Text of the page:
Beijing's currency bazooka will only backfire
With a dramatic devaluation of the yuan yesterday, Beijing brought out the bazookas in a move that might escalate a regional currency war that it had until now chosen to avoid.
SCMP, August 12
Let's get that bazooka bit straightened out first. The bazooka was a low velocity anti-tank weapon of the second world war. It delighted the comic strip artists. It gave them opportunity to write KA-BOOM! in big letters. It disappointed the soldiers. It was soon abandoned.
I'm not sure this Beijing bazooka will be much more effective.
The idea, I suppose, is the old one that your exports are more competitive if your currency is soft against the US dollar. Thus when your export growth is down, you devalue your currency and, presto, your exports go up again. Any magician can tell you how it works.
But it only really works if a significant proportion of your costs are incurred in your local currency and this proportion is so small in the mainland that it only publishes its trade statistics in US dollar terms. Why do it in yuan? It's a US dollar business. Everyone knows this even if the magician does not.
One statistic, for instance, that has long bounced around is that the yuan cost element of an Apple iPhone is only about 5 per cent of its retail price. All the rest is imported component or transacted elsewhere.
The mainland is the assembly station, not much more. This is what the container revolution has done, made possible the fragmentation of consumer goods manufacture to an extent never before imagined.
But even where the difference in wage costs could make a difference in export competitiveness, it often has not.
The rag trade is a good case in point. As the first chart shows, in the mid-1980s wages of garment and textile workers in India were more than twice as high as average manufacturing wages in China. They are now barely a fifth as high.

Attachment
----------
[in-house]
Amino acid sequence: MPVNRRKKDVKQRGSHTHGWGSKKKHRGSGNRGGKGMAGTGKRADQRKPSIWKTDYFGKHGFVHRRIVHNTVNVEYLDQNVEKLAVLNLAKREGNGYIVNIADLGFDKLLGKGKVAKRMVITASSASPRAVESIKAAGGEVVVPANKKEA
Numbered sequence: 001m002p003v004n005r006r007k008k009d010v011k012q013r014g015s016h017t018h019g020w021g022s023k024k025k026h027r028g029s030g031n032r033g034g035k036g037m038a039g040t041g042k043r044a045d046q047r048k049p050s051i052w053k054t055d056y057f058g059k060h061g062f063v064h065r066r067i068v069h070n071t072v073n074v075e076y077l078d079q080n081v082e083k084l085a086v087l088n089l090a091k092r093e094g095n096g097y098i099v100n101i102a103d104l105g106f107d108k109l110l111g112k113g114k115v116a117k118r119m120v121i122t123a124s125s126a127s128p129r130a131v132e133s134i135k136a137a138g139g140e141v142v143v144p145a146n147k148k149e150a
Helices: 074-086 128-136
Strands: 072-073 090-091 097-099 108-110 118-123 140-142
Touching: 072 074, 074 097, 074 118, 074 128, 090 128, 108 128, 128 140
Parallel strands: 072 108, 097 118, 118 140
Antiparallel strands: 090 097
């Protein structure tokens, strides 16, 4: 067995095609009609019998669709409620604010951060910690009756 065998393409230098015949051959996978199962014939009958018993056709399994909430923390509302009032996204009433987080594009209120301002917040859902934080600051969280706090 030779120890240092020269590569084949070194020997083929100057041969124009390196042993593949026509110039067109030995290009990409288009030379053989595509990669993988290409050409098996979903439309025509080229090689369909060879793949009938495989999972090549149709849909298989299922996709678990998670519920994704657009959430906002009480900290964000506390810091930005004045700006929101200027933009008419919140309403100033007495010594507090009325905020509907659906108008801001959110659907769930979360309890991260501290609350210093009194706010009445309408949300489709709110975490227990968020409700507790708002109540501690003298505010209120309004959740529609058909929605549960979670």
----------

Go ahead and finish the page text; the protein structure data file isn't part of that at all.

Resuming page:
You might expect this wage-sensitive export business to move into India as a result but, no.
China's textile and garment exports at present run at about US$300 billion a year, India's at about US$35 billion, and India is not short of workers. Export success is not built on local currency cost alone.
The big determining factor at the moment is a simple one. If people don't want to buy, then you will have trouble selling.
As the second chart shows, the big markets of Europe and America don't want to buy just now. Import growth has turned decidedly negative.
But, as the chart also shows, Chinese export growth (adjusted here for a Lunar New Year holiday aberration) is still in positive territory and well above the average of the rest of Asia. China is still gaining market share.
I rather think this bazooka will backfire (in fact how the real one was designed to operate). The devaluation will defer hopes of making the yuan a world reserve currency, it will impair relations with the US, it will further encourage capital flight, and it will fuel inflation.